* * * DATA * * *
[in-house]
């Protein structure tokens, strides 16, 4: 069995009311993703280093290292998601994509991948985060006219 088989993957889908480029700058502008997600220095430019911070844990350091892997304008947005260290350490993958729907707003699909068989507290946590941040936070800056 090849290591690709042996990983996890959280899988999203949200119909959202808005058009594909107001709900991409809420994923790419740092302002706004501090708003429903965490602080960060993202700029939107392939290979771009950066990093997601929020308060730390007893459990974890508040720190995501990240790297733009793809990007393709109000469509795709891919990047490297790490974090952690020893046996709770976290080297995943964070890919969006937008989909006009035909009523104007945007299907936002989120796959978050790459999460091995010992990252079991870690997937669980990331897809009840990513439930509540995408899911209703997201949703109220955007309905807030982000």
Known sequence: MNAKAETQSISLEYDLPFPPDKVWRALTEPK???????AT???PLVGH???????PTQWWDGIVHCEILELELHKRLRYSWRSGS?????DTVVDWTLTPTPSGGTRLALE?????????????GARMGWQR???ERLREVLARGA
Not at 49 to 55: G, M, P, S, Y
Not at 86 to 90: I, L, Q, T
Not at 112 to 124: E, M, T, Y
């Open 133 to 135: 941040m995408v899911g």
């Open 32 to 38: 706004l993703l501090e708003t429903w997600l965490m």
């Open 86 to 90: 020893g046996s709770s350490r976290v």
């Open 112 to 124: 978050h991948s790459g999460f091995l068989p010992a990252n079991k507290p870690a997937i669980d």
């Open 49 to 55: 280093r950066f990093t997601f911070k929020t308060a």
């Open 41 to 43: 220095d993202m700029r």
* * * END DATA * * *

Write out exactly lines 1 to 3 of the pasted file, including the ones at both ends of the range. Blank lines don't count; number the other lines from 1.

[in-house]
């Protein structure tokens, strides 16, 4: 069995009311993703280093290292998601994509991948985060006219 088989993957889908480029700058502008997600220095430019911070844990350091892997304008947005260290350490993958729907707003699909068989507290946590941040936070800056 090849290591690709042996990983996890959280899988999203949200119909959202808005058009594909107001709900991409809420994923790419740092302002706004501090708003429903965490602080960060993202700029939107392939290979771009950066990093997601929020308060730390007893459990974890508040720190995501990240790297733009793809990007393709109000469509795709891919990047490297790490974090952690020893046996709770976290080297995943964070890919969006937008989909006009035909009523104007945007299907936002989120796959978050790459999460091995010992990252079991870690997937669980990331897809009840990513439930509540995408899911209703997201949703109220955007309905807030982000």
Known sequence: MNAKAETQSISLEYDLPFPPDKVWRALTEPK???????AT???PLVGH???????PTQWWDGIVHCEILELELHKRLRYSWRSGS?????DTVVDWTLTPTPSGGTRLALE?????????????GARMGWQR???ERLREVLARGA